Donald Hebb (1951): Why do we not accept ESP as a psychological fact? We have enough evidence to have convinced us on almost any other issue. I do not accept ESP because it does not make sense. The criteria of physics and of physiology say that ESP is not a fact despite the behavioral evidence that has been reported.
Well, I agree with Hebb. ESP as reported does not make sense. Any such phenomenon, if accepted, would ruin so much of what we know in physics and physiology as to destroy any reasonable hope of explaining it. It is a sound strategy in science to ignore anything that seems too wild, so long as it does not force itself upon us. Since the effects of ESP seem marginal at best, it is easy to ignore.
George Price (1955): Believers in psychic phenomena appear to have won a victory as a result of careful experimentation and intelligent argumentation. Dozens of experimenters have obtained positive results in ESP experiments, and the mathematical procedures have been approved by leading statisticians. Against all this evidence, almost the only defense remaining to the skeptical scientist is ignorance.
Evidence of the sort that needs statistical processing to be visible is easy to ignore. If ESP is real, there must be evidence that stands out so clearly it needs no statistics. Admittedly, there are results in quantum physics that need statistics to explain, but the difference is that quantum physics is a well developed theory. By contrast, we have no clue about a theory for ESP, and good reasons to suspect that some of the “evidence” is wishful thinking.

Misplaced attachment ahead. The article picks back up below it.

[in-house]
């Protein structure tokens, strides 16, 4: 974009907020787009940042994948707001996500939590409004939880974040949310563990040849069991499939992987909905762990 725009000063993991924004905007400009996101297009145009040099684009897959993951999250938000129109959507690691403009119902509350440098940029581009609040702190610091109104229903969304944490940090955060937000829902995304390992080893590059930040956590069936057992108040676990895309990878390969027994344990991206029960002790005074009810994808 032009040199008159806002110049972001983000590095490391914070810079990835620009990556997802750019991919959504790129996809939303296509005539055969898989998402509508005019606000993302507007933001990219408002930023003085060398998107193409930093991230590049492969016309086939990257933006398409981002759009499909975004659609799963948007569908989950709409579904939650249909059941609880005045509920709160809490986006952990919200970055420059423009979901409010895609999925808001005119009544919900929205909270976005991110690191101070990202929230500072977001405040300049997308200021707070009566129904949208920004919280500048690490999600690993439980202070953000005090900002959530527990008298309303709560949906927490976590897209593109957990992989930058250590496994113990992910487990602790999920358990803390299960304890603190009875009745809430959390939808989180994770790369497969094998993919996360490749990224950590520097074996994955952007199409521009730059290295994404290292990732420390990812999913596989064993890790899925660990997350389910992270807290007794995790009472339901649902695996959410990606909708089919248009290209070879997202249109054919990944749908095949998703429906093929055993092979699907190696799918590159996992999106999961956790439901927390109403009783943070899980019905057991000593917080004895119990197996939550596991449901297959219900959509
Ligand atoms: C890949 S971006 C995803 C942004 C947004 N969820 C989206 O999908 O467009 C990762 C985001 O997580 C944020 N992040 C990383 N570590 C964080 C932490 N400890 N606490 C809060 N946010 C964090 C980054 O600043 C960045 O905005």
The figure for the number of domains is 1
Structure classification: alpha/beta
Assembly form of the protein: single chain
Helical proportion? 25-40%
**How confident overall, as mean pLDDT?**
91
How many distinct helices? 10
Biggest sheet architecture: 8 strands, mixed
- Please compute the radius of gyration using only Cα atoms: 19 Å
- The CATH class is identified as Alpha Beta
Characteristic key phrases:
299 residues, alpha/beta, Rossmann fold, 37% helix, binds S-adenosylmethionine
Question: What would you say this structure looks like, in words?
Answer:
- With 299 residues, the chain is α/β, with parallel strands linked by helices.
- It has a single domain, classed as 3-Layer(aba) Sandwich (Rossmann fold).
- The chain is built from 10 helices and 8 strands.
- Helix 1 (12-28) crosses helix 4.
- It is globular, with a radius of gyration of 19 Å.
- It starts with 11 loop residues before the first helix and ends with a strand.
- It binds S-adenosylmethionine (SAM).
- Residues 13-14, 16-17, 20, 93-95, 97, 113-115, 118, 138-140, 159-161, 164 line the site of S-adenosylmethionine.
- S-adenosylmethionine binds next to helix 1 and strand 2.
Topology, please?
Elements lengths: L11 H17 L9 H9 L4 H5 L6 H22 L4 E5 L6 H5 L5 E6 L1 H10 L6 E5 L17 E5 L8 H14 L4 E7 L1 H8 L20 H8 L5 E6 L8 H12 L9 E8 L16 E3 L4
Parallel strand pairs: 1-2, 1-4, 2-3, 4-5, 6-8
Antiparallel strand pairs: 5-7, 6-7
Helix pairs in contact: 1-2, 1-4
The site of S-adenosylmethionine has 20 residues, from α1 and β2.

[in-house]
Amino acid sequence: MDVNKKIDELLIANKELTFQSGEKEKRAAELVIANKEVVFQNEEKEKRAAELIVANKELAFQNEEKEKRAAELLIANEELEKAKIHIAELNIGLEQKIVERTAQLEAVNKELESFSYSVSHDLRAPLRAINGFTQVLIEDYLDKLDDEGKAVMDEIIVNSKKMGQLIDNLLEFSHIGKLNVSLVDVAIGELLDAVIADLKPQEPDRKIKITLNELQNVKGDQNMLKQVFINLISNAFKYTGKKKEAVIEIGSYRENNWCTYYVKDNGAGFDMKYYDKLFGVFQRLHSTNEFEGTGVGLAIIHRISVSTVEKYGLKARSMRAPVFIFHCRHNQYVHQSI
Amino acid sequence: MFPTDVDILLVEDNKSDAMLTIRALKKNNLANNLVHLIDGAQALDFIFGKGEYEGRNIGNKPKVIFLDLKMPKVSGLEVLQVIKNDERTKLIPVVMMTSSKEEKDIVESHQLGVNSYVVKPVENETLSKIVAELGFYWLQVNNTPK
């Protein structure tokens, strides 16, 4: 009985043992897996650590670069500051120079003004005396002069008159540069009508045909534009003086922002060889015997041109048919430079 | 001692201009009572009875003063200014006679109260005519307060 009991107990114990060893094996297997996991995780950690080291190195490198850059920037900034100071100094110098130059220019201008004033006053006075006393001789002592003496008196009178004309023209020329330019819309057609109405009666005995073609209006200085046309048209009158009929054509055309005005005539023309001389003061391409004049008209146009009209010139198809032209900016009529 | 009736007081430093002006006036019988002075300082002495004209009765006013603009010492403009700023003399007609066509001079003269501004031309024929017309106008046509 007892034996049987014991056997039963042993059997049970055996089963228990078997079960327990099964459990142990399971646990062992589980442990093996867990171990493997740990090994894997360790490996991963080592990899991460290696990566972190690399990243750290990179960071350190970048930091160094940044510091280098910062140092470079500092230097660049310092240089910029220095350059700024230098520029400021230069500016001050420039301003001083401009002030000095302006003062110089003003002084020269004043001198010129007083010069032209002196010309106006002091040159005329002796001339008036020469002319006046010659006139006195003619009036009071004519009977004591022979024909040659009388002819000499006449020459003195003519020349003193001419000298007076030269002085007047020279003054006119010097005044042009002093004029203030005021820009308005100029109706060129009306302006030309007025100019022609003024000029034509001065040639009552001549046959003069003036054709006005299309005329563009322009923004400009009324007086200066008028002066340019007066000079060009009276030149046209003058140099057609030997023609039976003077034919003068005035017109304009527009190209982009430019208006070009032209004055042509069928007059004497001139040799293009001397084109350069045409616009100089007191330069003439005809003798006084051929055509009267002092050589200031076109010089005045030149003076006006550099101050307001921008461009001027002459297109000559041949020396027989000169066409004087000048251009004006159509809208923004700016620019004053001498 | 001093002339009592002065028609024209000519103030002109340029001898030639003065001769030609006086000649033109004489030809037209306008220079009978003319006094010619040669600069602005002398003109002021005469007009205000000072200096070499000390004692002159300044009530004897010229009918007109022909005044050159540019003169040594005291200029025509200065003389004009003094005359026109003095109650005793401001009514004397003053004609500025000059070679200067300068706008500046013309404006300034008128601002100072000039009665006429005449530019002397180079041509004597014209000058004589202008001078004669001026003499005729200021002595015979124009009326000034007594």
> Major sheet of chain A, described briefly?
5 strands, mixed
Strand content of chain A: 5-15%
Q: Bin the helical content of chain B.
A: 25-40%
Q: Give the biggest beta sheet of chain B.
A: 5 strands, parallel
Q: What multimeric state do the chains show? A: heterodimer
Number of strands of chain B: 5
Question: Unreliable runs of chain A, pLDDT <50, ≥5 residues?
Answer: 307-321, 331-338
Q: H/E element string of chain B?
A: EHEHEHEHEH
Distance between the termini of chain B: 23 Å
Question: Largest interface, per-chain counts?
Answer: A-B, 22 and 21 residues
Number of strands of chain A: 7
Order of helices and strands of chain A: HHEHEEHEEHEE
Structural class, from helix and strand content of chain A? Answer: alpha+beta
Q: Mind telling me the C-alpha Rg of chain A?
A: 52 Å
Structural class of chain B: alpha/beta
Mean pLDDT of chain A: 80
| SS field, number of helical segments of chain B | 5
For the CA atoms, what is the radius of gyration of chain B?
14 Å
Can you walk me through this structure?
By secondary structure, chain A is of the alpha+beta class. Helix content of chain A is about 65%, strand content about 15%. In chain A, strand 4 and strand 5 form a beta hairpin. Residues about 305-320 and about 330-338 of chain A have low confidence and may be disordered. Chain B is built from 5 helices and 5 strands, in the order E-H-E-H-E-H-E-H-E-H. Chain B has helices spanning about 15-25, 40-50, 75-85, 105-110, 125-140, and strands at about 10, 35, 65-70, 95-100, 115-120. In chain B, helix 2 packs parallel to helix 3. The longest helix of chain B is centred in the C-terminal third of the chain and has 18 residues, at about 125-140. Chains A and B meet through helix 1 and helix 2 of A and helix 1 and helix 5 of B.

Greetings Mr. HE’segete. I wish you luck with your project. I know what a blogbog they can be.
Hi-di-hi Nhoj, thankyes, the blogbog project is in Luckneed.
Maria has more time (secs, sex?) than I have.
It is a sound strategy in science to ignore anything that seems too wild, so long as it does not force itself upon us
Despite lack of research funding and interest from skeptics, there are plenty of lines of evidence for the parapsychological, in which I categorize all the evidence of the google site already provided to you, in particular that of NDEs and reincarnation which you ignore for your convenience. Truth will not force itself upon you, you must seek it out yourself and with the links I have provided you cannot help but see many cases of consciousness surviving death and existing outside of the brain.
Many lifetimes? This imports a lot of metaphysical assumptions that I am unable to accept.
This is because you are prejudiced just like Dr. Hebb. You should also speak honestly and clearly because your prejudice has a less fancy name known as ‘denial’.
If you are truly interested in theistic explanations that make sense you will seek them out yourself (since nobody will force them upon you), but this is plainly not the case since you deny the very plain evidence of isoelectric brain activity leading to sharp experiences of consciousness. This is disputed only by those prejudiced and/or ignorant and van Lommel’s study is not the first; how many more should appear before a minimalist thesis of the afterlife is accepted?